China Oil Rig to Keep Drilling in Waters Disputed with Vietnam
BEIJING, Aug 25 (Reuters) - A Chinese oil rig at the centre of last year's standoff between China and Vietnam will continue drilling not far from Vietnam's coast, China's maritime safety authorities said on Tuesday.
The deployment of the $1 billion deepwater rig last year about 120 nautical miles off Vietnam's coast, in what Vietnam considers its exclusive economic zone (EEZ), led to the worst breakdown in relations since a brief border war in 1979.
China said at the time the rig was operating completely within its waters.
The rig, called the Haiyang Shiyou 981, was removed last July, but returned to the area in June of this year to explore for oil and gas. A notice from China's Maritime Safety Administration said at the time that the rig would carry out "ocean drilling operations" until Aug. 20.
In a new notice posted on its website, the Maritime Safety Administration said that the rig will continue drilling at a position slightly to the north until Oct. 20.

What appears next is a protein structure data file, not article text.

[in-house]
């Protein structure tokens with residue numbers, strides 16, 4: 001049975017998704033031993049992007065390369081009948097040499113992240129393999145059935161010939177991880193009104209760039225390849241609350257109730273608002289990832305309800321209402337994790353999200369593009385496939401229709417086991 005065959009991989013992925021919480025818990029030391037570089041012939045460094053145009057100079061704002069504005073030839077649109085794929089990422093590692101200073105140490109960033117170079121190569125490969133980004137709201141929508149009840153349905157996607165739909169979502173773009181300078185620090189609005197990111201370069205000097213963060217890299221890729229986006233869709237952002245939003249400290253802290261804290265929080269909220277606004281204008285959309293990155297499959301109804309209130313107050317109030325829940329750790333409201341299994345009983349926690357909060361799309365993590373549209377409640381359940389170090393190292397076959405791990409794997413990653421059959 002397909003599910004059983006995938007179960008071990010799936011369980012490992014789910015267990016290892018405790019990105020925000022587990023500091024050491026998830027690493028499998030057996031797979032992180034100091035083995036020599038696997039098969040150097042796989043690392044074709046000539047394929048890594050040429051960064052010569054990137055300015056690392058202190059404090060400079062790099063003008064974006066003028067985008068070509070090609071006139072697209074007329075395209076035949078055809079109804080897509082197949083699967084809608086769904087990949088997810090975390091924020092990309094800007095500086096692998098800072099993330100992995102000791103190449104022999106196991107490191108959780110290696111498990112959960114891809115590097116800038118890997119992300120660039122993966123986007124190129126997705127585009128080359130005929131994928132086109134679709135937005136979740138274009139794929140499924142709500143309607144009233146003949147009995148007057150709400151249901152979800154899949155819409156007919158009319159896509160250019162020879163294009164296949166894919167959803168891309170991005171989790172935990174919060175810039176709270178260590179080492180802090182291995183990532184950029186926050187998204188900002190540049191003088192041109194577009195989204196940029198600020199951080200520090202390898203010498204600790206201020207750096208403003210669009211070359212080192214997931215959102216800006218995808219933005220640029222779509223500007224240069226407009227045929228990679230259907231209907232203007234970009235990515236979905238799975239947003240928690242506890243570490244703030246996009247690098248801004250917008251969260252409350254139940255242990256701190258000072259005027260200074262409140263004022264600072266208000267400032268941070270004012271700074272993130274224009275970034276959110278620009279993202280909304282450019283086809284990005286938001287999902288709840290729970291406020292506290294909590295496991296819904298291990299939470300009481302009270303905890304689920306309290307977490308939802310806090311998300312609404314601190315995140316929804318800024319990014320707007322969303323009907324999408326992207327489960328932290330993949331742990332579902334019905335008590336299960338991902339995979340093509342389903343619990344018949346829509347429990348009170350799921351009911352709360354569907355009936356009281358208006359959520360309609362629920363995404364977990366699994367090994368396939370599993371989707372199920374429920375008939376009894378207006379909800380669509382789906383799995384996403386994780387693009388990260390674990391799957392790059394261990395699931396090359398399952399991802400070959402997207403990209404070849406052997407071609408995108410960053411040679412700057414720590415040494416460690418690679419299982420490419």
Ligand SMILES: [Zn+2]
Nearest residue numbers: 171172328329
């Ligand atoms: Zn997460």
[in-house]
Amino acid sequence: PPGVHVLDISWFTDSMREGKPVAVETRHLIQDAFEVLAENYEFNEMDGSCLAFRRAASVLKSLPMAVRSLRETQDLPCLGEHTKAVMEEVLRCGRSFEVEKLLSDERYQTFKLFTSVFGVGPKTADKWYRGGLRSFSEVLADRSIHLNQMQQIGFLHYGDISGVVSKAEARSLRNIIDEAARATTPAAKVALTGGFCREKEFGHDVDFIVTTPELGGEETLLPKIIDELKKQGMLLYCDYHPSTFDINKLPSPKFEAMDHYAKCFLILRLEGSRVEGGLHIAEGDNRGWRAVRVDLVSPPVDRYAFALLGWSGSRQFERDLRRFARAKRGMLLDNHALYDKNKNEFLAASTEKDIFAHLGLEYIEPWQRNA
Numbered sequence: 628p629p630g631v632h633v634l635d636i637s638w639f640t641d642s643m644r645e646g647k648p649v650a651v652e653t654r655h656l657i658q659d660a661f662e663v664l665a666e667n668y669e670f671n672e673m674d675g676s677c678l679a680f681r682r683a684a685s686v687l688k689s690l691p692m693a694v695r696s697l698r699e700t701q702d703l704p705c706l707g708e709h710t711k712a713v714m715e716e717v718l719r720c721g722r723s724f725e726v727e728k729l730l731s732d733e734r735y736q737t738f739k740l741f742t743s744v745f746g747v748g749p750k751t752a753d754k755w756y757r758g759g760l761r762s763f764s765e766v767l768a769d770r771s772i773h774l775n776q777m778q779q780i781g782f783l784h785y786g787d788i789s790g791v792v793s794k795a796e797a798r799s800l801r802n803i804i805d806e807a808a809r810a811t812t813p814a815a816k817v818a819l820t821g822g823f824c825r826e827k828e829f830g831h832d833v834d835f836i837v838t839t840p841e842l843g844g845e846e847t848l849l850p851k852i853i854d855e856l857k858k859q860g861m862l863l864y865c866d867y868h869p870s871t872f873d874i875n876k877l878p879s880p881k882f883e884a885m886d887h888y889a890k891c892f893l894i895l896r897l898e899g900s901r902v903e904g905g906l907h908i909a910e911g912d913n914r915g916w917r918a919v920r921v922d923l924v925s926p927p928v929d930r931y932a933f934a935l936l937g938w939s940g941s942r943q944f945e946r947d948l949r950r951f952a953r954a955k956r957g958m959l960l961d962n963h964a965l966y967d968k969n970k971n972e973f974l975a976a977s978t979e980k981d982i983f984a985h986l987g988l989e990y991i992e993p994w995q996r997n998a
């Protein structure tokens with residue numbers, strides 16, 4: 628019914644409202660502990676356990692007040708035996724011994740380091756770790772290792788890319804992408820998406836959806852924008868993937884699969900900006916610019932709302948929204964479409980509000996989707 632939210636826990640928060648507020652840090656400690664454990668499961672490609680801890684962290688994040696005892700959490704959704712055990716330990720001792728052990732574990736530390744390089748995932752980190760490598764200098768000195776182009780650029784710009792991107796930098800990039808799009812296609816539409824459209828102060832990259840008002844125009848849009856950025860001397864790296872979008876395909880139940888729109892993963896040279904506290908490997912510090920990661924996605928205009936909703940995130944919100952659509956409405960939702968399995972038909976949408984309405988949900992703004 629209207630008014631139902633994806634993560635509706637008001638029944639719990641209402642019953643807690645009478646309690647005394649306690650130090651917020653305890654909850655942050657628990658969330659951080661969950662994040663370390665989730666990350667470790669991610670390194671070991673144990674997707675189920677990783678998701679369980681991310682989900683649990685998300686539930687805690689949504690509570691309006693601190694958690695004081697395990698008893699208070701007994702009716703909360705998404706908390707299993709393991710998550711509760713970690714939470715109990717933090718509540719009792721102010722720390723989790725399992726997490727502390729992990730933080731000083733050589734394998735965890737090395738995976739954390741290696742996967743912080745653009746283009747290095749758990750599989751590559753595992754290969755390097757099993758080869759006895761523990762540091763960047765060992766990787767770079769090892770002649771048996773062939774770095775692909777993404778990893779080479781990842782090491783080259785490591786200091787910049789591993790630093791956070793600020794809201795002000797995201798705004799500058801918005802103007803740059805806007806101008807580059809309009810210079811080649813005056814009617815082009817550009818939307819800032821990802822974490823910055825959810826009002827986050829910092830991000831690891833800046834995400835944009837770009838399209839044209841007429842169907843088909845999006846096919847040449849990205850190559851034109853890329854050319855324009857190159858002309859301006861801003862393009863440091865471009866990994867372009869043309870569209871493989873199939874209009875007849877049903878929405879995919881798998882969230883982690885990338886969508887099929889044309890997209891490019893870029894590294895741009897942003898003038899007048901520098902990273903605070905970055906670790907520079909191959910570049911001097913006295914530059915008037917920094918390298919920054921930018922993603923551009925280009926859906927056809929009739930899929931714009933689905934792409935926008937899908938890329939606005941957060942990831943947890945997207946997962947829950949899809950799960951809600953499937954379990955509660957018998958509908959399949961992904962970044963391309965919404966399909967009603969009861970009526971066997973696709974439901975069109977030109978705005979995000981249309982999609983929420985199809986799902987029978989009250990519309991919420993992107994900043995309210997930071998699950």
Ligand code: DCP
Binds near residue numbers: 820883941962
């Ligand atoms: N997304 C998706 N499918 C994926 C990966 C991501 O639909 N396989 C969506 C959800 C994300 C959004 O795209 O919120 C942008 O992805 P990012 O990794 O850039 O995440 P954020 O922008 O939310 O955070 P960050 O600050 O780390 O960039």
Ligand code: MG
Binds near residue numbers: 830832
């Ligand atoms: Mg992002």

On Monday, state media said the rig had completed an exploratory well at its earlier placement.
The rig's intended coordinates put it roughly 110 nautical miles east of the Vietnam coast and 72 nautical miles south of the resort city of Sanya on China's Hainan Island.
China claims most of the potentially energy-rich South China Sea, through which $5 trillion in ship-borne trade passes every year. The Philippines, Vietnam, Malaysia, Brunei and Taiwan also have overlapping claims.
Vietnam's people remain embittered over a perceived history of Chinese bullying and territorial claims in the South China Sea.
China has been increasingly assertive in the South China Sea, condemning an arbitration case initiated by the Philippines and reclaiming land on islands and reefs under its control.
Last week a new U.S. Pentagon report said China has reclaimed more land in the disputed Spratly Islands than previously known.
The Haiyang Shiyou 981 rig is owned by state-run China National Offshore Oil Corp. (CNOOC), China's largest producer of offshore oil and gas, the parent of list CNOOC Ltd.
The company was not immediately available for comment.
(Reporting By Adam Rose; Editing by Simon Cameron-Moore)
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